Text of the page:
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ERIC Number: ED315622
Record Type: RIE
Publication Date: 1989-Oct
Pages: 27
Abstractor: N/A
Reference Count: 0
Self-Education: The Founding of Adult Education--Part I.
Callender, Willard D., Jr.
Based on the assumption that something is fundamentally wrong at its definitional roots about the concept of adult education upon which the profession is organized, this paper identifies seven troubling characteristics of the profession. These characteristics, which stem from failure to root the definition in philosophical foundations, are (1) the claim that adult education preexists its formation as a profession; (2) use of an existing tacit definition of adult education; (3) giving power to third parties with roots outside the profession; (4) loss of social ethics; (5) loss of focus on the person and failure to achieve universality; (6) continuing use of the terms of children's education; and (7) explanations and theories that become ideological and distanced from the concept of education. It then offers a theory to account for these characteristics and describes a design problem for the invention of a new concept of adult education. The paper suggests a definition of adult education as "self-education" as an appropriate response to the design problem, one on which a more substantial profession could be founded. (Author/KC)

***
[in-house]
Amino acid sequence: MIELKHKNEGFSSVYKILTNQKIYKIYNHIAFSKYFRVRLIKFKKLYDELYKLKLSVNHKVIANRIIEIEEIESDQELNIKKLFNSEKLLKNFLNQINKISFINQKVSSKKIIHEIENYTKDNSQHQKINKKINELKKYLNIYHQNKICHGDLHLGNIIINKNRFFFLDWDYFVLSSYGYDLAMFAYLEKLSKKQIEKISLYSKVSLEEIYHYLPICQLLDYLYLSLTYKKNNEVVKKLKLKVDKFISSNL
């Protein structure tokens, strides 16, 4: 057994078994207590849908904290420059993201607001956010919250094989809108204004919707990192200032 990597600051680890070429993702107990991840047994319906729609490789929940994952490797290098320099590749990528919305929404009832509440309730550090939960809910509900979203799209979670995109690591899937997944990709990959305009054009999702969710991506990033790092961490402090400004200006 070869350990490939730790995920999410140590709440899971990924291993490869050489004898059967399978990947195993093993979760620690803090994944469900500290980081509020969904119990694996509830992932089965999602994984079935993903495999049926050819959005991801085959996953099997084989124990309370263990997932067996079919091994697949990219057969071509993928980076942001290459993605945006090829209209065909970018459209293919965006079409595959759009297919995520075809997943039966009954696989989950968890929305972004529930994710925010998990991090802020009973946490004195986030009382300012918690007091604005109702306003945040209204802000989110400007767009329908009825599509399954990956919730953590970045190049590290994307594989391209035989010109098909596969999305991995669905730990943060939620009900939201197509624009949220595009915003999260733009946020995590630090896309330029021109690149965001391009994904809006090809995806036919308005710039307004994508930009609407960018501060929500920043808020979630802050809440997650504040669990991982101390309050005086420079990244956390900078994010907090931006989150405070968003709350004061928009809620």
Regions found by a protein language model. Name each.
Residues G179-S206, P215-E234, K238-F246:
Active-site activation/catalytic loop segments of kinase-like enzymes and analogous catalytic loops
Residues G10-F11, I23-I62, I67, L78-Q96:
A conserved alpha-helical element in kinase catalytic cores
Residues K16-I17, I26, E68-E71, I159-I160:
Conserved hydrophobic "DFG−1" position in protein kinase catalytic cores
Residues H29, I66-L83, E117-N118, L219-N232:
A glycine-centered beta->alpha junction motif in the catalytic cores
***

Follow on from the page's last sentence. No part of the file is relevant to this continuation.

Publication Type: Speeches/Meeting Papers; Information Analyses
Education Level: N/A
Audience: N/A
Language: English
Sponsor: N/A
Authoring Institution: N/A
Note: Paper presented at the Annual Meeting of the American Association for Adult and Continuing Education (Atlantic City, NJ, October 1989). For part II, see CE 054 180.